We start by iterating over the PHP classes in the specified directory and create a ReflectionClass for each class. If a collector can collect one of these classes, it will try to find a suitable transformer.
For example, the DefaultCollector will collect each class with a @typescript annotation or a #[TypeScript] attribute and feed it to all the registered transformers to hopefully find a transformer that can generate a type definition for the class.
We've created a set of classes and their suitable transformers in step 1. We're now going to transform these types to TypeScript. For the enum example, this is relatively simple, but for a complex data transfer object (DTO) this process is a bit more complicated.
Each property of the DTO will be checked: does it have a PHP type and/or does it have an annotated type? The package creates a unified Type from this and feeds it to the type processors. These will transform the type or completely remove it from the DTO's TypeScript definition.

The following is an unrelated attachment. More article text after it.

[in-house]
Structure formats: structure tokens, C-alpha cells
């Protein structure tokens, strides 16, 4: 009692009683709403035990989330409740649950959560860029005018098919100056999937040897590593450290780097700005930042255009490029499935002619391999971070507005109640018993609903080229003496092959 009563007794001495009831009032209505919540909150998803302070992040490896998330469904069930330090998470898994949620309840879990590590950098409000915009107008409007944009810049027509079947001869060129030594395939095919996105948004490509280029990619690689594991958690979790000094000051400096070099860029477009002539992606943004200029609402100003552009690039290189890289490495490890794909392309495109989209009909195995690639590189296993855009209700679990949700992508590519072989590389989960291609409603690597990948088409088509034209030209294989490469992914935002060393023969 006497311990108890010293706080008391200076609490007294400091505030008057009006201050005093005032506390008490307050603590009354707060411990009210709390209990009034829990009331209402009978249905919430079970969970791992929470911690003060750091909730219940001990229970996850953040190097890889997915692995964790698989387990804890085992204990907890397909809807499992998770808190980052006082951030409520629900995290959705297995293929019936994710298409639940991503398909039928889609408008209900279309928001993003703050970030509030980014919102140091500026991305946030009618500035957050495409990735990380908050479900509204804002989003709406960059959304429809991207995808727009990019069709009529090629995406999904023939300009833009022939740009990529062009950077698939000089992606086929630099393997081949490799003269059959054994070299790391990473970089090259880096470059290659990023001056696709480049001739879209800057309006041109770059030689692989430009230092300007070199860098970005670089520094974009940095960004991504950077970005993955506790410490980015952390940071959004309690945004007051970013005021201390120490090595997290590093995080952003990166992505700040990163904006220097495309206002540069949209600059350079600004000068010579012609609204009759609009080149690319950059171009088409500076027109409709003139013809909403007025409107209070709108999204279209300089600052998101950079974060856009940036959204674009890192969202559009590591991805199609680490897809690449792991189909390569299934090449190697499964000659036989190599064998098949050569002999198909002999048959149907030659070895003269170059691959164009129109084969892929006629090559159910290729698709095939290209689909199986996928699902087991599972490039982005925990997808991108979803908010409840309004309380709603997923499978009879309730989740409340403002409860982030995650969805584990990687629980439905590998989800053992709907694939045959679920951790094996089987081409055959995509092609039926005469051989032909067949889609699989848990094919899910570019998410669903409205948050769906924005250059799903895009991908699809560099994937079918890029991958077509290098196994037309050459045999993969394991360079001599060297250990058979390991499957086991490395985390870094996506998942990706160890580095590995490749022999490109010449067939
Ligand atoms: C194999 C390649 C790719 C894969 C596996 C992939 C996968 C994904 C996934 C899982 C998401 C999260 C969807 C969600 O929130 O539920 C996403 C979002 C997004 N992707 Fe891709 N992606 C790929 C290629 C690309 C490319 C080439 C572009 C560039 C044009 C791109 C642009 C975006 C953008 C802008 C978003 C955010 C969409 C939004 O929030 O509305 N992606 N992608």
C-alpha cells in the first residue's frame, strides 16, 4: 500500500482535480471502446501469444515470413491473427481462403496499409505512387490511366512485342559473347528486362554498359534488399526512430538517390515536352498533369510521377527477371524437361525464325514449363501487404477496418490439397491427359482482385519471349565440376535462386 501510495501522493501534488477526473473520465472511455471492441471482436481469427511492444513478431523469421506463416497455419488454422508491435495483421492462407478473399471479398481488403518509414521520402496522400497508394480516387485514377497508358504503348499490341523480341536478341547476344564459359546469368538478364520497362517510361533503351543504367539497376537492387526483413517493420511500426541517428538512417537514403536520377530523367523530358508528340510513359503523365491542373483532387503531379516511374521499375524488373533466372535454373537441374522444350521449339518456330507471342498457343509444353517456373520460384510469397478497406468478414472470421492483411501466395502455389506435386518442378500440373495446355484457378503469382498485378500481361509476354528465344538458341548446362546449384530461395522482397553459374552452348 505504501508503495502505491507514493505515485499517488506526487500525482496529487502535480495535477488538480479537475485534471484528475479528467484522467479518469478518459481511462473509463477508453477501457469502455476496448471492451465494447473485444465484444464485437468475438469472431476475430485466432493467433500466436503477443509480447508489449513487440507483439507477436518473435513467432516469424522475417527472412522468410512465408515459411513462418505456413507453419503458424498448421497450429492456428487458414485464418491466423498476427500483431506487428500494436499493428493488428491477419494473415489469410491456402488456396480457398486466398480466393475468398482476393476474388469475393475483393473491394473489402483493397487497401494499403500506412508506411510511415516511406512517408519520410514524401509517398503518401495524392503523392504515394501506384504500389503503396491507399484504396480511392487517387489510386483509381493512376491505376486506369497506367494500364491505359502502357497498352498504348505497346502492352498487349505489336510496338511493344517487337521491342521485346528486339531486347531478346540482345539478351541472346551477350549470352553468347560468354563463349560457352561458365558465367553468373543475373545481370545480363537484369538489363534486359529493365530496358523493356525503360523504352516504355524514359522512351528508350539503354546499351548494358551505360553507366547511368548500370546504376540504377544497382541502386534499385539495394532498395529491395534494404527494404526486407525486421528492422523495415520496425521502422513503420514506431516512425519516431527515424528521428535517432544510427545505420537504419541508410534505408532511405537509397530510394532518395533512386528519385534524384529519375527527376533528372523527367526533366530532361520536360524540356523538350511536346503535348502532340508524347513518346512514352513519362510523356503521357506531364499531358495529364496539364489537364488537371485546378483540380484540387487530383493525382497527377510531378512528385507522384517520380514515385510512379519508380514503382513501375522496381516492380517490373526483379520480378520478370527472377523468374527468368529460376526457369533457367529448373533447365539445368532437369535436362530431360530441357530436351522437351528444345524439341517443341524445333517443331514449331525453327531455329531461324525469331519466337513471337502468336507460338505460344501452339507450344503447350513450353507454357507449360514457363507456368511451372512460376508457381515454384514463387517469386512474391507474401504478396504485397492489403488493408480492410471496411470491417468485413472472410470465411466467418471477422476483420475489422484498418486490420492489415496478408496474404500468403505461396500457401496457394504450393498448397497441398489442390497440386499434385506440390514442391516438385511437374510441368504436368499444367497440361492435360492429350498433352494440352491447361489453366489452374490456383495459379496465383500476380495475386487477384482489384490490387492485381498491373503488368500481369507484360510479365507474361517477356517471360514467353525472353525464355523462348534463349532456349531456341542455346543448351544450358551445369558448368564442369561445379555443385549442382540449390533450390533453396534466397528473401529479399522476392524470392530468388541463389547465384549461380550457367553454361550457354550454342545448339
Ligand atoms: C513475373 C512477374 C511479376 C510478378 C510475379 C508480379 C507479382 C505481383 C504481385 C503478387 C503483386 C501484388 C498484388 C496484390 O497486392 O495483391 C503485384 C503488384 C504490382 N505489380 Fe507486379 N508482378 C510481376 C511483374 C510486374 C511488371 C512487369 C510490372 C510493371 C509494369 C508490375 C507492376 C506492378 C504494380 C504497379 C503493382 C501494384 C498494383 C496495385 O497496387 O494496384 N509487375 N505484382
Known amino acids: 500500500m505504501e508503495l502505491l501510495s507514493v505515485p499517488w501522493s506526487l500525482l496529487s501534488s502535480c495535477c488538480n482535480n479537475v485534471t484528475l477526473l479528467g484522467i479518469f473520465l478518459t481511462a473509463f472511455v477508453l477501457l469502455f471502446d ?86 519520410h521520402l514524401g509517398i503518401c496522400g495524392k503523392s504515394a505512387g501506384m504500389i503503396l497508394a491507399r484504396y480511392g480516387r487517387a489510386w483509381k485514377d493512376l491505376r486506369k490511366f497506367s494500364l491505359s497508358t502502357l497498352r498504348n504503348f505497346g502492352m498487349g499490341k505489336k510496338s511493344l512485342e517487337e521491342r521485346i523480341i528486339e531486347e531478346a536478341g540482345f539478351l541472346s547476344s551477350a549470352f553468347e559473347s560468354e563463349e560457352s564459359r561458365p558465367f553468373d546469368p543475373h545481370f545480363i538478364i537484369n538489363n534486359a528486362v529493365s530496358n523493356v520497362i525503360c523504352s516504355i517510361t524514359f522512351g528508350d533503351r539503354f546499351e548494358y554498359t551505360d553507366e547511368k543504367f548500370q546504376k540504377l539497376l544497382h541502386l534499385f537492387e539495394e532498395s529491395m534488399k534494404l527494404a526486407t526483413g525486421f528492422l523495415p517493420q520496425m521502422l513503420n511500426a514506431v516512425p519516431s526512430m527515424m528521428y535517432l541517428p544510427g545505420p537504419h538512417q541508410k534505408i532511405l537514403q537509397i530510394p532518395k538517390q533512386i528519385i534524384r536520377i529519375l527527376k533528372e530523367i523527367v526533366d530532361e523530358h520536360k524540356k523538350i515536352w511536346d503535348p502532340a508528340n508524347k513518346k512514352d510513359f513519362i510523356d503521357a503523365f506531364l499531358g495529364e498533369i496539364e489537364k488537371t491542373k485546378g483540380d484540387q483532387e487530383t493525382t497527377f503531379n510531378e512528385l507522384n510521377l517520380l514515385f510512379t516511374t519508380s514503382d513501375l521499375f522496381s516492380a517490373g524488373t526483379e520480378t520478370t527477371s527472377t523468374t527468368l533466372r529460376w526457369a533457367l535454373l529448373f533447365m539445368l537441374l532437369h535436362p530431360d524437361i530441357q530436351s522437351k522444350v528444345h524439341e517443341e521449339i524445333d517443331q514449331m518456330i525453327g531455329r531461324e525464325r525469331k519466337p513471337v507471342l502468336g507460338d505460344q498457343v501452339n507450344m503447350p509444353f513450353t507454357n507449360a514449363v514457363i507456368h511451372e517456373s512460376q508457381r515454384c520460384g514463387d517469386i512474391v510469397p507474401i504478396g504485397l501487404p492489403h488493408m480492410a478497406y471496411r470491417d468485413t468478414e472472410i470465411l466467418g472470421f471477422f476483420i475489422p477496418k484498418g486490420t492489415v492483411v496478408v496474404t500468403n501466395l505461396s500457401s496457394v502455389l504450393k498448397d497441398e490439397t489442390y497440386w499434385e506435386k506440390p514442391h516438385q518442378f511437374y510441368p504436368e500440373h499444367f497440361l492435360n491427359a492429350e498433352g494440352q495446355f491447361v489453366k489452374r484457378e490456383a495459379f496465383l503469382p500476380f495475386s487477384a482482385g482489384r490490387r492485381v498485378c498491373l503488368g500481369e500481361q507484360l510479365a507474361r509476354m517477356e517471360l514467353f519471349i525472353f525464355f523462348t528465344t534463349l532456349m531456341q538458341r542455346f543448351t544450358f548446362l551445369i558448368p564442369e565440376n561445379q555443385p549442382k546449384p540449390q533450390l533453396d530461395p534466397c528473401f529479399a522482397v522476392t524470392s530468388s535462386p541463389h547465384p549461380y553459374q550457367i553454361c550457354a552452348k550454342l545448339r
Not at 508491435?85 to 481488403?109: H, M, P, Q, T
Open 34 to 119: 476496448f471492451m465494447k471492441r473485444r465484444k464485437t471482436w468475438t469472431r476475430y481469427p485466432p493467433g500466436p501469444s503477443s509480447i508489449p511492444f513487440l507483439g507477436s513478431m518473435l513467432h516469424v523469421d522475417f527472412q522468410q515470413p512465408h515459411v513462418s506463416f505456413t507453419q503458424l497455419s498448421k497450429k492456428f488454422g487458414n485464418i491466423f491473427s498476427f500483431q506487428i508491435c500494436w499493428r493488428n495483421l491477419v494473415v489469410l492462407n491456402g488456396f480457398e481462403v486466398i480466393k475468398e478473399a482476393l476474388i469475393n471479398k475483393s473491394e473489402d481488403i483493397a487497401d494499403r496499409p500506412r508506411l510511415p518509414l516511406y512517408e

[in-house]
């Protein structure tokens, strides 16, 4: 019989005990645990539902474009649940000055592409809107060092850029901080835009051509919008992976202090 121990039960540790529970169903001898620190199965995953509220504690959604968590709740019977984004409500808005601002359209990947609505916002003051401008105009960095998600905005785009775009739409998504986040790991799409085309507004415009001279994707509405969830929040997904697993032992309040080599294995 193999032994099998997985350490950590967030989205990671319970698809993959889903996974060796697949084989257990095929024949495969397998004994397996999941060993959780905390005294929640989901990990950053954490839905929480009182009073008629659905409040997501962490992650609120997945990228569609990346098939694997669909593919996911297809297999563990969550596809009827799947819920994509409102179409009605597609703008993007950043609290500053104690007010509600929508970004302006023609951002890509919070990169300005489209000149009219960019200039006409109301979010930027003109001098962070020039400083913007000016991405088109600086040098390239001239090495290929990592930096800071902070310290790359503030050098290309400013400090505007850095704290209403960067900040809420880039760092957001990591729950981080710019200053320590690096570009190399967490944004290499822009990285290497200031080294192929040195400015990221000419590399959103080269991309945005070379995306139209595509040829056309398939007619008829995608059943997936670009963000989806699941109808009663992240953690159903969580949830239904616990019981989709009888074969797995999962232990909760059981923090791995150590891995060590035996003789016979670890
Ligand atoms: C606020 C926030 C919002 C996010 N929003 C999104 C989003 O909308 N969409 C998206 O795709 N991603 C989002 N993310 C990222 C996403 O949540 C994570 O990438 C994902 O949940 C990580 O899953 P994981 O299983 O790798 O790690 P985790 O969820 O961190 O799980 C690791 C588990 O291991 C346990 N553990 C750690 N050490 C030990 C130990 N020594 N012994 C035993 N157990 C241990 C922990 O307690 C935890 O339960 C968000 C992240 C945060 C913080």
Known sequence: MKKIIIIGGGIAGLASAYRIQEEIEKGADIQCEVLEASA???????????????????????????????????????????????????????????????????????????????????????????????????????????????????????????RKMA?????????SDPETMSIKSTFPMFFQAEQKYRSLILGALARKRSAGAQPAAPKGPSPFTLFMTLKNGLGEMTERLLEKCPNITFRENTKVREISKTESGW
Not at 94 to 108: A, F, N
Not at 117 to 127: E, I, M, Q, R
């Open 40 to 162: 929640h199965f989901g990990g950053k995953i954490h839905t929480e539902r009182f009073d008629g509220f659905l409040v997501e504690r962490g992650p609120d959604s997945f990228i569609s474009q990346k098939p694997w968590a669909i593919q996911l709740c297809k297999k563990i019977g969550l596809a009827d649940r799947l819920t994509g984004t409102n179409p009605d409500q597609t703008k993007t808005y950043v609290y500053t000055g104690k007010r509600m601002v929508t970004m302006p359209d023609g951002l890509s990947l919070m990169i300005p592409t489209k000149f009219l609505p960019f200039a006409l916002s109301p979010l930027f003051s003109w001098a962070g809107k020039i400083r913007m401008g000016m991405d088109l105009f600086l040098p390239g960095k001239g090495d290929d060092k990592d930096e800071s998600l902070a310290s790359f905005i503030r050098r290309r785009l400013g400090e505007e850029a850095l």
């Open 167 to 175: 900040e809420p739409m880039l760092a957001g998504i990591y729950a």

A good example of a type processor is the ReplaceDefaultsTypeProcessor. This one will replace some default types you can define in the configuration with a TypeScript representation. For example transforming DateTime or Carbon types to string.
DTO's often have properties that contain other DTO's, or even other custom types. This is why we'll also keep track of the missing symbols when transforming a DTO.
Let's say your DTO has a property that contains another DTO. At the moment of transformation, the package will not know how that other DTO should be transformed. We'll temporarily use a missing symbol that can be replaced by a reference to the correcty DTO type later.
The classes we started with in step 2 are now transformed into TypeScript definitions, although some types are still missing references to other types. Thanks to the missing symbols collections that each transformer constructed, we can replace these references with the correct type.
If a reference cannot be replaced because it cannot be found the package will default to the any type, as it doesn't know how to reference it.
It's recommended to try to avoid these any types as much as possible.
Our set of transformed classes is now ready. All missing symbols are replaced, so it's time to write them out. A writer will take the entire set of transformed types and write them down into a TypeScript type defintion file you configured.